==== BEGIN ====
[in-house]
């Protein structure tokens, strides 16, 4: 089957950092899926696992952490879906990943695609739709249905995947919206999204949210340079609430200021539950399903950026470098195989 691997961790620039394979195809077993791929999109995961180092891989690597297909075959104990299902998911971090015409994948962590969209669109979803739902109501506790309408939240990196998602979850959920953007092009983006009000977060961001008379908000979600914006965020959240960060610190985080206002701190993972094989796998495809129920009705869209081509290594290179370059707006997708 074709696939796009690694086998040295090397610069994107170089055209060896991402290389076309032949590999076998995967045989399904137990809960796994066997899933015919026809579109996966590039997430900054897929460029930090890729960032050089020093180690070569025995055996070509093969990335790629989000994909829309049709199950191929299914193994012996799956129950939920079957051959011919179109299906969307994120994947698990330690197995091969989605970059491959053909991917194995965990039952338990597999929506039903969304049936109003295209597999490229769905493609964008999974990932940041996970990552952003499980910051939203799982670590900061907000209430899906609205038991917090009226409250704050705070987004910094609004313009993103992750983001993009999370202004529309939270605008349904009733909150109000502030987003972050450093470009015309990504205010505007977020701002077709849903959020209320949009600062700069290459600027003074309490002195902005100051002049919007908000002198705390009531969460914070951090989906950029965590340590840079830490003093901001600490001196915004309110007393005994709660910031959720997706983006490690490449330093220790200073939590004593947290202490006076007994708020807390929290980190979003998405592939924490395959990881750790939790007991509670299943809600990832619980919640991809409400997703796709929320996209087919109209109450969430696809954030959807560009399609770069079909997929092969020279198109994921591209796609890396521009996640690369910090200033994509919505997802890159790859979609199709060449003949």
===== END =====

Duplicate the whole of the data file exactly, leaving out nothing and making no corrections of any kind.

[in-house]
């Protein structure tokens, strides 16, 4: 089957950092899926696992952490879906990943695609739709249905995947919206999204949210340079609430200021539950399903950026470098195989 691997961790620039394979195809077993791929999109995961180092891989690597297909075959104990299902998911971090015409994948962590969209669109979803739902109501506790309408939240990196998602979850959920953007092009983006009000977060961001008379908000979600914006965020959240960060610190985080206002701190993972094989796998495809129920009705869209081509290594290179370059707006997708 074709696939796009690694086998040295090397610069994107170089055209060896991402290389076309032949590999076998995967045989399904137990809960796994066997899933015919026809579109996966590039997430900054897929460029930090890729960032050089020093180690070569025995055996070509093969990335790629989000994909829309049709199950191929299914193994012996799956129950939920079957051959011919179109299906969307994120994947698990330690197995091969989605970059491959053909991917194995965990039952338990597999929506039903969304049936109003295209597999490229769905493609964008999974990932940041996970990552952003499980910051939203799982670590900061907000209430899906609205038991917090009226409250704050705070987004910094609004313009993103992750983001993009999370202004529309939270605008349904009733909150109000502030987003972050450093470009015309990504205010505007977020701002077709849903959020209320949009600062700069290459600027003074309490002195902005100051002049919007908000002198705390009531969460914070951090989906950029965590340590840079830490003093901001600490001196915004309110007393005994709660910031959720997706983006490690490449330093220790200073939590004593947290202490006076007994708020807390929290980190979003998405592939924490395959990881750790939790007991509670299943809600990832619980919640991809409400997703796709929320996209087919109209109450969430696809954030959807560009399609770069079909997929092969020279198109994921591209796609890396521009996640690369910090200033994509919505997802890159790859979609199709060449003949």